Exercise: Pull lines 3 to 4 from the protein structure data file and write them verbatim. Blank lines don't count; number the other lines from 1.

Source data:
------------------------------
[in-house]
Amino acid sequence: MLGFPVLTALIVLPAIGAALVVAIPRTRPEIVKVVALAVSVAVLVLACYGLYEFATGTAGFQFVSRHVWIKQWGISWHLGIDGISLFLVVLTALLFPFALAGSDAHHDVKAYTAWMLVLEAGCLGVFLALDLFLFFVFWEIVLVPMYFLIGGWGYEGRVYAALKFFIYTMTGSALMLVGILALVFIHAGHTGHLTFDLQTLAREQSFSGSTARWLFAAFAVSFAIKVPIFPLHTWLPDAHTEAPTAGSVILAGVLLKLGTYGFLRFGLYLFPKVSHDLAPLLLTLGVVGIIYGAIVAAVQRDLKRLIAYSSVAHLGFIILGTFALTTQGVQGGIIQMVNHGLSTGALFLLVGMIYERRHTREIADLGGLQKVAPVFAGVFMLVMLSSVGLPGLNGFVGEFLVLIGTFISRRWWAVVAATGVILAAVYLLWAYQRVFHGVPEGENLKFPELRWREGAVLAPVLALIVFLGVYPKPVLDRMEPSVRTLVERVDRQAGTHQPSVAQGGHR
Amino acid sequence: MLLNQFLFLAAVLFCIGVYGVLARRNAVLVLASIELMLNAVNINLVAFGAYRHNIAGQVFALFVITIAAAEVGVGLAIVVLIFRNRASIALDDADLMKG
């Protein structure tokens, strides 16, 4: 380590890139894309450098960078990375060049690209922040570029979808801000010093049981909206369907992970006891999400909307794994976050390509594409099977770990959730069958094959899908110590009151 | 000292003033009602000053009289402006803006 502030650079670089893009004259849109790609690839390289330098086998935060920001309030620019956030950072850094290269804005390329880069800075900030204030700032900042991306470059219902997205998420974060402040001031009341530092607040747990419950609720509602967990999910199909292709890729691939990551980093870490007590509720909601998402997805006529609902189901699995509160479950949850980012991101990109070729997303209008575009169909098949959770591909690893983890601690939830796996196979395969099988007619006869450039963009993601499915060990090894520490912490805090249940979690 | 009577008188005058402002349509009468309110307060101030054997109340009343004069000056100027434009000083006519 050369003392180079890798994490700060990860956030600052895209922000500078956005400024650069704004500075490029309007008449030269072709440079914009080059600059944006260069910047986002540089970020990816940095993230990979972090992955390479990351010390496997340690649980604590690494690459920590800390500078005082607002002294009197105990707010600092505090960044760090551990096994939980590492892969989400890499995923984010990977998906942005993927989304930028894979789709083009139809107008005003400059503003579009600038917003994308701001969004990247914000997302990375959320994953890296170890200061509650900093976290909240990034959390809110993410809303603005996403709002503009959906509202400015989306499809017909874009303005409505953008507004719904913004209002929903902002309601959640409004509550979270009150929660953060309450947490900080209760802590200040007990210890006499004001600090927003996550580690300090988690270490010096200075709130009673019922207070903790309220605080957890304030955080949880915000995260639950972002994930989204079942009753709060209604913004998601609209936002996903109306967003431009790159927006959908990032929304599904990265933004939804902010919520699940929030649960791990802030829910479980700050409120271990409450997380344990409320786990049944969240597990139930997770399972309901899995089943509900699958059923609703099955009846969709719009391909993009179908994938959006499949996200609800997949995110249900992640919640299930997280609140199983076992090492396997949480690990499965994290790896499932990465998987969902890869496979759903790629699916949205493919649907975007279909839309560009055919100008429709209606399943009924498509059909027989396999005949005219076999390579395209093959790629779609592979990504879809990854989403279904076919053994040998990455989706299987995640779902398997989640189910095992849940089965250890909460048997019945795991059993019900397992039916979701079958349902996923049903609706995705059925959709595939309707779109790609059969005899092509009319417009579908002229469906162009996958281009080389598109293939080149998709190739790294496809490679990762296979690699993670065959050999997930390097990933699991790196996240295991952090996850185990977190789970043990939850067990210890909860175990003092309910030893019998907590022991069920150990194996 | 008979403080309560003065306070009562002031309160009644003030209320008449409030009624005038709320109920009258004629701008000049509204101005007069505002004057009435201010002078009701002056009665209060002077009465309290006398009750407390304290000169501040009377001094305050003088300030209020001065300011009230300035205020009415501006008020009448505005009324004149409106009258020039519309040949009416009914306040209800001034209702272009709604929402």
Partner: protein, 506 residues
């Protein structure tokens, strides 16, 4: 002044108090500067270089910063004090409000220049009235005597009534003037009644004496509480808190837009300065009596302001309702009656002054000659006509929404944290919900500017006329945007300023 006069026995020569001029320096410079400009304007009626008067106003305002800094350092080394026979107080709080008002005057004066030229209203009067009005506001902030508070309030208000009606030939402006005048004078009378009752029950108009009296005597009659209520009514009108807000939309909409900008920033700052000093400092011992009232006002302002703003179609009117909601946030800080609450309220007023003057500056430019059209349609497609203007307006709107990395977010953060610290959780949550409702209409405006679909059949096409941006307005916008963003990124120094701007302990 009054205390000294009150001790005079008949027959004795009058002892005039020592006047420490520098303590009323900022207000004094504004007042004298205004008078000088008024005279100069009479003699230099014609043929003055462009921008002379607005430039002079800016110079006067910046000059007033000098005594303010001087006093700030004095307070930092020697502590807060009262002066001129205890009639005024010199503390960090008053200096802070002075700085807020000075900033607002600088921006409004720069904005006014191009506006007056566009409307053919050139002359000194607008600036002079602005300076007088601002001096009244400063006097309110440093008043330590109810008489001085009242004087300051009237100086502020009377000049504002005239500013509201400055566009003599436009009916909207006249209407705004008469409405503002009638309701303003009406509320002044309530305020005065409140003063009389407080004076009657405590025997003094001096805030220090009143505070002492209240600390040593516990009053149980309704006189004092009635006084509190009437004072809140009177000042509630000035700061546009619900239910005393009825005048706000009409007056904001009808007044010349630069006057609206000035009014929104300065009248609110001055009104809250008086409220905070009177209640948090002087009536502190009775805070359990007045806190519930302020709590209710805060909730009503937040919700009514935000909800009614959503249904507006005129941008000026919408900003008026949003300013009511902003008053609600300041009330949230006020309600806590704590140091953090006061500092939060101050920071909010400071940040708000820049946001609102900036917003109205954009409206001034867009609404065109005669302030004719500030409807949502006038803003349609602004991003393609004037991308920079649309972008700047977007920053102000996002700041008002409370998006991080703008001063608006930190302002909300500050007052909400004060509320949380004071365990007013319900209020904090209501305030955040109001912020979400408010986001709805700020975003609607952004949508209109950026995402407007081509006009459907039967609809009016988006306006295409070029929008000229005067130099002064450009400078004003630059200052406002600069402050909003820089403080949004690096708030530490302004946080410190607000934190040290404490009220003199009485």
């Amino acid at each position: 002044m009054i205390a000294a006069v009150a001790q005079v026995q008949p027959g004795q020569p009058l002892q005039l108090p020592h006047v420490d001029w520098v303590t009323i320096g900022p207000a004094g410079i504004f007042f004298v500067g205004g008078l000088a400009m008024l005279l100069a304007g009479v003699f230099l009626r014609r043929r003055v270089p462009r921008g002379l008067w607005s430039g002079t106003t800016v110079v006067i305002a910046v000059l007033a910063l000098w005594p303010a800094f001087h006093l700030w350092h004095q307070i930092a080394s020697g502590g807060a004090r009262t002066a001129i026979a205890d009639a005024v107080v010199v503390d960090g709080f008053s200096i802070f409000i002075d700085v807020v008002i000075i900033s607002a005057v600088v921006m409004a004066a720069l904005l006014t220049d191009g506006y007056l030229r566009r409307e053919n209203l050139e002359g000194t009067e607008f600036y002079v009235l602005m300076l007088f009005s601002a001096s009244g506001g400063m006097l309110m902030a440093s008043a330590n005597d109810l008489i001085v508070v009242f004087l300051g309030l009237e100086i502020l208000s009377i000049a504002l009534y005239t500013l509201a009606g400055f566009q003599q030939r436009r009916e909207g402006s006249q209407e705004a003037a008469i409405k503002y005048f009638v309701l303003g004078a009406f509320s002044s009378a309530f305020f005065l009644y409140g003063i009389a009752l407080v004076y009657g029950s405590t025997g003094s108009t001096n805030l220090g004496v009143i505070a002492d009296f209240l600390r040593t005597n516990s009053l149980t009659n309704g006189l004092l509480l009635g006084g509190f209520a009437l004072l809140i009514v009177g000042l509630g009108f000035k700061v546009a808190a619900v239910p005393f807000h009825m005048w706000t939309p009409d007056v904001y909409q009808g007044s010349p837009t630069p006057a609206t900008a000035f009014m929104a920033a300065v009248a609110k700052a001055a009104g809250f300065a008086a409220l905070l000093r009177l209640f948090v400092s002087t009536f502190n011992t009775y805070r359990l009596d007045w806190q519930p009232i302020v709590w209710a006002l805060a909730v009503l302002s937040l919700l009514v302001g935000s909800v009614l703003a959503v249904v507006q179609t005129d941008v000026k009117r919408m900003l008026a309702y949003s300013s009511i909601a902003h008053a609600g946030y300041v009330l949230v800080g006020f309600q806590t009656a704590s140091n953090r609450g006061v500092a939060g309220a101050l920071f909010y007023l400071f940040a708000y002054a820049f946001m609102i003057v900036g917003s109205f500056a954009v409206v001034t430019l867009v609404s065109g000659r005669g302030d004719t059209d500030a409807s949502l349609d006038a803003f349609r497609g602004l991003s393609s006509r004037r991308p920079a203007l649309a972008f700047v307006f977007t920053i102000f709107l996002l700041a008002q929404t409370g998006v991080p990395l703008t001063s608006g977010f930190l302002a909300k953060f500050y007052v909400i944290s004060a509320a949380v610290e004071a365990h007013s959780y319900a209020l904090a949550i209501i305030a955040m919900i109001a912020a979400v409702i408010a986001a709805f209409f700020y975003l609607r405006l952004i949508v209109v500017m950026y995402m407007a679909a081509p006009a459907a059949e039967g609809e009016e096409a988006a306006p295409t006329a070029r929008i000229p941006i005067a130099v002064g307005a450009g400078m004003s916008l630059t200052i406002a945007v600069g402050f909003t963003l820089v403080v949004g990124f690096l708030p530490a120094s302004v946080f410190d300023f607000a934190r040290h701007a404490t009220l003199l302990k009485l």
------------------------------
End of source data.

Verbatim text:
Amino acid sequence: MLLNQFLFLAAVLFCIGVYGVLARRNAVLVLASIELMLNAVNINLVAFGAYRHNIAGQVFALFVITIAAAEVGVGLAIVVLIFRNRASIALDDADLMKG
């Protein structure tokens, strides 16, 4: 380590890139894309450098960078990375060049690209922040570029979808801000010093049981909206369907992970006891999400909307794994976050390509594409099977770990959730069958094959899908110590009151 | 000292003033009602000053009289402006803006 502030650079670089893009004259849109790609690839390289330098086998935060920001309030620019956030950072850094290269804005390329880069800075900030204030700032900042991306470059219902997205998420974060402040001031009341530092607040747990419950609720509602967990999910199909292709890729691939990551980093870490007590509720909601998402997805006529609902189901699995509160479950949850980012991101990109070729997303209008575009169909098949959770591909690893983890601690939830796996196979395969099988007619006869450039963009993601499915060990090894520490912490805090249940979690 | 009577008188005058402002349509009468309110307060101030054997109340009343004069000056100027434009000083006519 050369003392180079890798994490700060990860956030600052895209922000500078956005400024650069704004500075490029309007008449030269072709440079914009080059600059944006260069910047986002540089970020990816940095993230990979972090992955390479990351010390496997340690649980604590690494690459920590800390500078005082607002002294009197105990707010600092505090960044760090551990096994939980590492892969989400890499995923984010990977998906942005993927989304930028894979789709083009139809107008005003400059503003579009600038917003994308701001969004990247914000997302990375959320994953890296170890200061509650900093976290909240990034959390809110993410809303603005996403709002503009959906509202400015989306499809017909874009303005409505953008507004719904913004209002929903902002309601959640409004509550979270009150929660953060309450947490900080209760802590200040007990210890006499004001600090927003996550580690300090988690270490010096200075709130009673019922207070903790309220605080957890304030955080949880915000995260639950972002994930989204079942009753709060209604913004998601609209936002996903109306967003431009790159927006959908990032929304599904990265933004939804902010919520699940929030649960791990802030829910479980700050409120271990409450997380344990409320786990049944969240597990139930997770399972309901899995089943509900699958059923609703099955009846969709719009391909993009179908994938959006499949996200609800997949995110249900992640919640299930997280609140199983076992090492396997949480690990499965994290790896499932990465998987969902890869496979759903790629699916949205493919649907975007279909839309560009055919100008429709209606399943009924498509059909027989396999005949005219076999390579395209093959790629779609592979990504879809990854989403279904076919053994040998990455989706299987995640779902398997989640189910095992849940089965250890909460048997019945795991059993019900397992039916979701079958349902996923049903609706995705059925959709595939309707779109790609059969005899092509009319417009579908002229469906162009996958281009080389598109293939080149998709190739790294496809490679990762296979690699993670065959050999997930390097990933699991790196996240295991952090996850185990977190789970043990939850067990210890909860175990003092309910030893019998907590022991069920150990194996 | 008979403080309560003065306070009562002031309160009644003030209320008449409030009624005038709320109920009258004629701008000049509204101005007069505002004057009435201010002078009701002056009665209060002077009465309290006398009750407390304290000169501040009377001094305050003088300030209020001065300011009230300035205020009415501006008020009448505005009324004149409106009258020039519309040949009416009914306040209800001034209702272009709604929402």